Born in France in 1748, feminist philosopher and playwright Olympe de Gouges is most famous for her 1791 essay Declaration of the Rights of Woman and of the Female Citizen (Déclaration des droits de la femme et de la citoyenne).
Gouges modeled it after the French government’s Declaration of the Rights of Man and of the Citizen of 1789 but—unlike that document—did not presume women to be inferior to men.
The essay’s dedication—to Marie Antoinette—led the Jacobins to suspect de Gouges of being a Royalist, though she was not.
As an advocate of both rights for women and for blacks, de Gouges had attracted many enemies.
She “is one of those women to whom one feels like giving razor blades as a present,” then-famous French actor Abraham-Joseph Benard said of her.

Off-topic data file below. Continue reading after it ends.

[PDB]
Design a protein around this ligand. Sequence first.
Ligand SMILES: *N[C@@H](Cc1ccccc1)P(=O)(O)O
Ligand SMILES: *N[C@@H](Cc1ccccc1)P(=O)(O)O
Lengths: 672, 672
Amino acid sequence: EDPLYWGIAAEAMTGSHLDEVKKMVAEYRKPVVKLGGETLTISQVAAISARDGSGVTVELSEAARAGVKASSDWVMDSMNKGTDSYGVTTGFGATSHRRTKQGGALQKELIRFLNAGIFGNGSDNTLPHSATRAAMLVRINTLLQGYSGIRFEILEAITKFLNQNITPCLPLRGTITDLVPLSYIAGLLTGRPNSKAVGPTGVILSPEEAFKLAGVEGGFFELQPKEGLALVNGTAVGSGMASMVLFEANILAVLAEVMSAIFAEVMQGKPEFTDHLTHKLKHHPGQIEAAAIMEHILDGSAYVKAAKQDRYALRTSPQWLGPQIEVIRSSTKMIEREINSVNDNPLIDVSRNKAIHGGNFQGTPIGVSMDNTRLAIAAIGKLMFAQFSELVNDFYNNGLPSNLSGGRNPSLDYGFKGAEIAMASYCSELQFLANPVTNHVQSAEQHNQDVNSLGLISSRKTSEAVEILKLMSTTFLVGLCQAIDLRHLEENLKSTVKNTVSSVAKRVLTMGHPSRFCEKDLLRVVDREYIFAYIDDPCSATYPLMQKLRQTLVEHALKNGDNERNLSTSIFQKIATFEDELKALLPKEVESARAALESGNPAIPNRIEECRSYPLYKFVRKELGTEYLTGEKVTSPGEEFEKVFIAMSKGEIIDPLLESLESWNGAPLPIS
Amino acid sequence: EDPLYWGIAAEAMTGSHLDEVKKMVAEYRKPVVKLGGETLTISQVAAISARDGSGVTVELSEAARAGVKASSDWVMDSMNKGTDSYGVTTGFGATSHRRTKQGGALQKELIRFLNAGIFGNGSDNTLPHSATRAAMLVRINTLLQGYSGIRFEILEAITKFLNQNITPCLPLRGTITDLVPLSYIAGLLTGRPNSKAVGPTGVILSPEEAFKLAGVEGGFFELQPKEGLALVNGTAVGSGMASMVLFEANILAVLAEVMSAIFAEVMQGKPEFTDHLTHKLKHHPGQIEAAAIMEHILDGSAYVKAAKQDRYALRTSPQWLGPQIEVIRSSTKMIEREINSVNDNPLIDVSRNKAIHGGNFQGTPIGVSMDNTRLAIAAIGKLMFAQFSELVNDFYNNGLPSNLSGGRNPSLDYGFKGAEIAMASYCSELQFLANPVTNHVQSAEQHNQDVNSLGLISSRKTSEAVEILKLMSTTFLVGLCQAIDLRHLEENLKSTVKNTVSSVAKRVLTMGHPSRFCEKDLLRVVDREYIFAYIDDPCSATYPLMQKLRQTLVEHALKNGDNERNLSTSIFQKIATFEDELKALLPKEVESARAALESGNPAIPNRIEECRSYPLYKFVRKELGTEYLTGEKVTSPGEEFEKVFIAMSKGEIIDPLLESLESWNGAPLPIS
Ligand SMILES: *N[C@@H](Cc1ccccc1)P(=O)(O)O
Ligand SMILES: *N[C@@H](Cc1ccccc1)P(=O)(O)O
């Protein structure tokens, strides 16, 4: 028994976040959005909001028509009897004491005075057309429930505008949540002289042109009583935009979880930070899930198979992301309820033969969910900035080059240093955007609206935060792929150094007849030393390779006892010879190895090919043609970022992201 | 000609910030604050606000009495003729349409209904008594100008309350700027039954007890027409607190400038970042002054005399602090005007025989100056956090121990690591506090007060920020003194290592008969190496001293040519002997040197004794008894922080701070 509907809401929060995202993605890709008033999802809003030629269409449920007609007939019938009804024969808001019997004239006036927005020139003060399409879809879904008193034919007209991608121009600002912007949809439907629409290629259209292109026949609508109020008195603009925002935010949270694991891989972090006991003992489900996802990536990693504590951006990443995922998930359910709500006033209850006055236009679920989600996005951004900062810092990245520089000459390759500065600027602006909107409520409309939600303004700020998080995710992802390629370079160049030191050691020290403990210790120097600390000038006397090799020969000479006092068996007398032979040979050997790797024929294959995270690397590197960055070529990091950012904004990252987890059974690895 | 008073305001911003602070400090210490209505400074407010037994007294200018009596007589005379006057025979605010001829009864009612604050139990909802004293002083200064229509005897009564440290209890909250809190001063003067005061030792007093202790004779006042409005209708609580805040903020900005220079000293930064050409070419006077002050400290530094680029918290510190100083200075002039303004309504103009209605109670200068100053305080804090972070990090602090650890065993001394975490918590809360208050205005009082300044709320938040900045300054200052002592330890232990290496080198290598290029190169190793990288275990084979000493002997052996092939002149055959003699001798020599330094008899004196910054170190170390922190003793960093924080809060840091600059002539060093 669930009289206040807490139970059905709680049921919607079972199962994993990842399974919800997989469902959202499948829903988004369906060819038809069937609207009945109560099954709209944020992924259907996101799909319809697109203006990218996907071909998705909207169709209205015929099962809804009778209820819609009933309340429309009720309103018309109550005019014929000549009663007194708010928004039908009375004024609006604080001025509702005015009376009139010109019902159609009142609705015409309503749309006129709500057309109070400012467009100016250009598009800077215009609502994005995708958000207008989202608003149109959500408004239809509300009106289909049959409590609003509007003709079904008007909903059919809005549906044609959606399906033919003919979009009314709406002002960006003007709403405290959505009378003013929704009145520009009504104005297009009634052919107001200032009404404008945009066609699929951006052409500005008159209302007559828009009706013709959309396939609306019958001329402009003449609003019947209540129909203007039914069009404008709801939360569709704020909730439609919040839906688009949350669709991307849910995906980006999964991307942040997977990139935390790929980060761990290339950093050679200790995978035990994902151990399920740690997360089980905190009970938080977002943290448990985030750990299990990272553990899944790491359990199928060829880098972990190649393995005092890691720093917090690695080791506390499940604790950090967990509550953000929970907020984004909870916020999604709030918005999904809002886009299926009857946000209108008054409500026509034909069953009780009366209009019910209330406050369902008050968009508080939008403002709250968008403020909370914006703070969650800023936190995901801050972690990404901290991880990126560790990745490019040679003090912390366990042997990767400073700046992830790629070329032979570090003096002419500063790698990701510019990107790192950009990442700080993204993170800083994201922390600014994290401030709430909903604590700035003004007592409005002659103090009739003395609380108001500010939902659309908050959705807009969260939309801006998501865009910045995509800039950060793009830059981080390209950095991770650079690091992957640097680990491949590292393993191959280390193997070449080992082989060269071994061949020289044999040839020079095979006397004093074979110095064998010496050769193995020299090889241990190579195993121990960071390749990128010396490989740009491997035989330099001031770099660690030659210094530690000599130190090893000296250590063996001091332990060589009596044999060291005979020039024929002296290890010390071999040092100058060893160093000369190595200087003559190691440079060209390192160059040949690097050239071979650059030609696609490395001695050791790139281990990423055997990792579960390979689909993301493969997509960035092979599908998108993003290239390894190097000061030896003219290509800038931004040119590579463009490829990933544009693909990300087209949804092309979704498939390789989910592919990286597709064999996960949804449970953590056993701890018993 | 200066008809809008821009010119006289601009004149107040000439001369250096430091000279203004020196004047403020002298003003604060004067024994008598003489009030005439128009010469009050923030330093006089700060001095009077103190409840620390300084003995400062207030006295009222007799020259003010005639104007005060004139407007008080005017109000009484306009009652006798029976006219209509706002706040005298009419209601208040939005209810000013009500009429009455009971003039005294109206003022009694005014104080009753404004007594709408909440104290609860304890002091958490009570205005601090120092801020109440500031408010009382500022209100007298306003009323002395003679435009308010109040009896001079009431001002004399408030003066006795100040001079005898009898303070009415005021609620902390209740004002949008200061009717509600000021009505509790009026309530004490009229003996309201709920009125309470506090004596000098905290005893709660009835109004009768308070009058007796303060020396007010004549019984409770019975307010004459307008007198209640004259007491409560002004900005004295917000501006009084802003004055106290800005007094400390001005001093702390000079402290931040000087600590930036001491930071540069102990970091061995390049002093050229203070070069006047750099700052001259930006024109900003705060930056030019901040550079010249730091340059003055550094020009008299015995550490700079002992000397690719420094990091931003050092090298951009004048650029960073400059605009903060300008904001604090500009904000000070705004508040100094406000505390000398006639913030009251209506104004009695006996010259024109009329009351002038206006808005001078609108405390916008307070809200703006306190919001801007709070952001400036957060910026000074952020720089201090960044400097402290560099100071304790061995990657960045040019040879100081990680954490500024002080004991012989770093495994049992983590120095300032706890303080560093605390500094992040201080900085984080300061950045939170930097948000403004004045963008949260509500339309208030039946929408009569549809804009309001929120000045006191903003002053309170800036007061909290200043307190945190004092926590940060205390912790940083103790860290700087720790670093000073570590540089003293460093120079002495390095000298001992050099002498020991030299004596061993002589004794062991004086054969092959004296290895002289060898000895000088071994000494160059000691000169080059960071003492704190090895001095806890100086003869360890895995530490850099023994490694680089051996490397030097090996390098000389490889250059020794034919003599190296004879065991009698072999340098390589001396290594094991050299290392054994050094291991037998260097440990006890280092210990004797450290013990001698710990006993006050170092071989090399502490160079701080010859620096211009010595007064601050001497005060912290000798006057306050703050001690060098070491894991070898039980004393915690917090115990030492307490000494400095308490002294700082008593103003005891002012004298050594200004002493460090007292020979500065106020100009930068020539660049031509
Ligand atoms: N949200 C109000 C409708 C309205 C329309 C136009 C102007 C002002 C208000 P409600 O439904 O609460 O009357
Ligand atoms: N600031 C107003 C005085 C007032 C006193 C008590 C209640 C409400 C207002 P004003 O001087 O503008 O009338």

In Reflections on Black Men (Réflexions sur les hommes nègres), published in 1788, de Gouges wrote that “men everywhere are equal” and argued against slavery in the French colonies, a stance she also took in her 1785 play l’Esclavage des Noirs. The play had to shut down after three nights after slave trade lobbyists paid hecklers to ruin the performances.
A few years after the publication of Declaration of the Rights of Woman and of the Female Citizen, de Gouges wrote a piece about people having a choice between different forms of government, including monarchy as one possibility. She was declared a political enemy, found guilty of treason, and executed by guillotine in 1793.